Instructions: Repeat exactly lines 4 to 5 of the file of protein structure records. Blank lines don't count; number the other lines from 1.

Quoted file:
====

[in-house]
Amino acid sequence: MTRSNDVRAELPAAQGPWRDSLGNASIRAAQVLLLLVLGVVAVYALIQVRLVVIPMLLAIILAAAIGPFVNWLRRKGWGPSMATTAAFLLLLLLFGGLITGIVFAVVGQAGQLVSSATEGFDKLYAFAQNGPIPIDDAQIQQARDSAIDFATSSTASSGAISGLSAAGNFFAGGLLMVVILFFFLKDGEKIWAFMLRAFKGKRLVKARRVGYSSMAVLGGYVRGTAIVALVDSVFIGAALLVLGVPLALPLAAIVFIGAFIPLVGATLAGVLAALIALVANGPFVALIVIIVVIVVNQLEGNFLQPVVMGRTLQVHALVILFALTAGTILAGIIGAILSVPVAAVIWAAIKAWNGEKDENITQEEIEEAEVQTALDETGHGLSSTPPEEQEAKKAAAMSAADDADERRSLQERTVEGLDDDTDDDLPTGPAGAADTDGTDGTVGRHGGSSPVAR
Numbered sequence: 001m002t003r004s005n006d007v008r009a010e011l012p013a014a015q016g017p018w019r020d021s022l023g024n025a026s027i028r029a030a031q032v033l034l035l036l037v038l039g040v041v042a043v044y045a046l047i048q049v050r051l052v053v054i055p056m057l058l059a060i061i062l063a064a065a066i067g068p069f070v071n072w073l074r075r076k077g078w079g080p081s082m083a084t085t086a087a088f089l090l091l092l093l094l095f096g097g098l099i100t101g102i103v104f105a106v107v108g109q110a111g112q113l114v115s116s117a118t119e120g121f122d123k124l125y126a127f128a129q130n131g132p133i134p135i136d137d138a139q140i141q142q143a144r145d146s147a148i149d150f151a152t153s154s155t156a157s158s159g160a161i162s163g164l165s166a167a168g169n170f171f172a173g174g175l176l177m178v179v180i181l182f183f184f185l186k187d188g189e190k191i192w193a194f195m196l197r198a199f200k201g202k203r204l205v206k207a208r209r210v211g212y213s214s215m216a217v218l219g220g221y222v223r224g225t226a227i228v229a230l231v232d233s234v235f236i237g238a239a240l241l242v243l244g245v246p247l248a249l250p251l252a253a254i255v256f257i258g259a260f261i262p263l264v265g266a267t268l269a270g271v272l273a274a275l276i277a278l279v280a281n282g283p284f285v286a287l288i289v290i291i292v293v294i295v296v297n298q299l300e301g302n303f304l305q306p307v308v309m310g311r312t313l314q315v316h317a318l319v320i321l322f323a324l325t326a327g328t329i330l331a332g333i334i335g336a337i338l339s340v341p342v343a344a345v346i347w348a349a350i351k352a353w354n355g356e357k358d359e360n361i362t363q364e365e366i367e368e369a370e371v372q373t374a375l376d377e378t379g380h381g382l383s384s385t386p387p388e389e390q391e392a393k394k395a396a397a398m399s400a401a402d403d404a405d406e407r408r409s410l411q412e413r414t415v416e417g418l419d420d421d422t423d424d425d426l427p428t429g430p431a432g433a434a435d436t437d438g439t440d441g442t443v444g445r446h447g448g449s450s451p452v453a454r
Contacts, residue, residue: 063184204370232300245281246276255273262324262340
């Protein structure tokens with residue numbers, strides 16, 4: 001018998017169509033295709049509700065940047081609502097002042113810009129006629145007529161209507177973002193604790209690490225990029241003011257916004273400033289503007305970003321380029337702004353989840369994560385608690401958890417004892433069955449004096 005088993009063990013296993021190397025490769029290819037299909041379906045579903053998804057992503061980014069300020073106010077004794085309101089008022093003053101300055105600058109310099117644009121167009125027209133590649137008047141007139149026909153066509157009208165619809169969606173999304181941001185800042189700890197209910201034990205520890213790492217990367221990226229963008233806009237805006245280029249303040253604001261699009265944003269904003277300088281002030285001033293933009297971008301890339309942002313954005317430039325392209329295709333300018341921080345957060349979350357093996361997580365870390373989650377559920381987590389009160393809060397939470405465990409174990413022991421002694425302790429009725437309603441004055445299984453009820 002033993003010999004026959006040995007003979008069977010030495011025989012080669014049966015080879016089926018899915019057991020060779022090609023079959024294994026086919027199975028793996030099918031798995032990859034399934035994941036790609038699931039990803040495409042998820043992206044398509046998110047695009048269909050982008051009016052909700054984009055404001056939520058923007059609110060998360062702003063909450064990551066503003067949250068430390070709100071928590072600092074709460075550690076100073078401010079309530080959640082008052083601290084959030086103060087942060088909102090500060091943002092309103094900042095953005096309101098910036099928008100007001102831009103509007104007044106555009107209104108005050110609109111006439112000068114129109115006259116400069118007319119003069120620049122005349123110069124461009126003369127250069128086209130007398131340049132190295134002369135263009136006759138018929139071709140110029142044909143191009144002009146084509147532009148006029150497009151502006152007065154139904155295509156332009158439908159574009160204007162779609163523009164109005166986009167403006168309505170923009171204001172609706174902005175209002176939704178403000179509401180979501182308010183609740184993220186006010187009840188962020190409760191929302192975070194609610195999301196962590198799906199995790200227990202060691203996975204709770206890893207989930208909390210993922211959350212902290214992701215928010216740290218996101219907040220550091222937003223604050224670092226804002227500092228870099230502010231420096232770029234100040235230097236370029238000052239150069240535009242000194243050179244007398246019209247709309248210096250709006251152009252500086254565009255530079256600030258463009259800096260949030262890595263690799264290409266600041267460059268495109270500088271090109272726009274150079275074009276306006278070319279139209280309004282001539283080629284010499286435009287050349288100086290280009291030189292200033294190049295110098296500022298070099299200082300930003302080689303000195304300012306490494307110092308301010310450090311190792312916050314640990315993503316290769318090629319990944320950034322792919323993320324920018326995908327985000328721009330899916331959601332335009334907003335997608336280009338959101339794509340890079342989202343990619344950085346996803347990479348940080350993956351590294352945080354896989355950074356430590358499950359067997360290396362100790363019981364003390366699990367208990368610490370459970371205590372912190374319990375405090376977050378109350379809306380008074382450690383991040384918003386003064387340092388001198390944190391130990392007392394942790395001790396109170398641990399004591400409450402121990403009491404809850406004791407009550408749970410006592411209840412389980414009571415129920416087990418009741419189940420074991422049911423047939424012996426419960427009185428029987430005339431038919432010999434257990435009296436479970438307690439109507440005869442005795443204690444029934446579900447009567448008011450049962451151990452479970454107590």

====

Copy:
Contacts, residue, residue: 063184204370232300245281246276255273262324262340
């Protein structure tokens with residue numbers, strides 16, 4: 001018998017169509033295709049509700065940047081609502097002042113810009129006629145007529161209507177973002193604790209690490225990029241003011257916004273400033289503007305970003321380029337702004353989840369994560385608690401958890417004892433069955449004096 005088993009063990013296993021190397025490769029290819037299909041379906045579903053998804057992503061980014069300020073106010077004794085309101089008022093003053101300055105600058109310099117644009121167009125027209133590649137008047141007139149026909153066509157009208165619809169969606173999304181941001185800042189700890197209910201034990205520890213790492217990367221990226229963008233806009237805006245280029249303040253604001261699009265944003269904003277300088281002030285001033293933009297971008301890339309942002313954005317430039325392209329295709333300018341921080345957060349979350357093996361997580365870390373989650377559920381987590389009160393809060397939470405465990409174990413022991421002694425302790429009725437309603441004055445299984453009820 002033993003010999004026959006040995007003979008069977010030495011025989012080669014049966015080879016089926018899915019057991020060779022090609023079959024294994026086919027199975028793996030099918031798995032990859034399934035994941036790609038699931039990803040495409042998820043992206044398509046998110047695009048269909050982008051009016052909700054984009055404001056939520058923007059609110060998360062702003063909450064990551066503003067949250068430390070709100071928590072600092074709460075550690076100073078401010079309530080959640082008052083601290084959030086103060087942060088909102090500060091943002092309103094900042095953005096309101098910036099928008100007001102831009103509007104007044106555009107209104108005050110609109111006439112000068114129109115006259116400069118007319119003069120620049122005349123110069124461009126003369127250069128086209130007398131340049132190295134002369135263009136006759138018929139071709140110029142044909143191009144002009146084509147532009148006029150497009151502006152007065154139904155295509156332009158439908159574009160204007162779609163523009164109005166986009167403006168309505170923009171204001172609706174902005175209002176939704178403000179509401180979501182308010183609740184993220186006010187009840188962020190409760191929302192975070194609610195999301196962590198799906199995790200227990202060691203996975204709770206890893207989930208909390210993922211959350212902290214992701215928010216740290218996101219907040220550091222937003223604050224670092226804002227500092228870099230502010231420096232770029234100040235230097236370029238000052239150069240535009242000194243050179244007398246019209247709309248210096250709006251152009252500086254565009255530079256600030258463009259800096260949030262890595263690799264290409266600041267460059268495109270500088271090109272726009274150079275074009276306006278070319279139209280309004282001539283080629284010499286435009287050349288100086290280009291030189292200033294190049295110098296500022298070099299200082300930003302080689303000195304300012306490494307110092308301010310450090311190792312916050314640990315993503316290769318090629319990944320950034322792919323993320324920018326995908327985000328721009330899916331959601332335009334907003335997608336280009338959101339794509340890079342989202343990619344950085346996803347990479348940080350993956351590294352945080354896989355950074356430590358499950359067997360290396362100790363019981364003390366699990367208990368610490370459970371205590372912190374319990375405090376977050378109350379809306380008074382450690383991040384918003386003064387340092388001198390944190391130990392007392394942790395001790396109170398641990399004591400409450402121990403009491404809850406004791407009550408749970410006592411209840412389980414009571415129920416087990418009741419189940420074991422049911423047939424012996426419960427009185428029987430005339431038919432010999434257990435009296436479970438307690439109507440005869442005795443204690444029934446579900447009567448008011450049962451151990452479970454107590």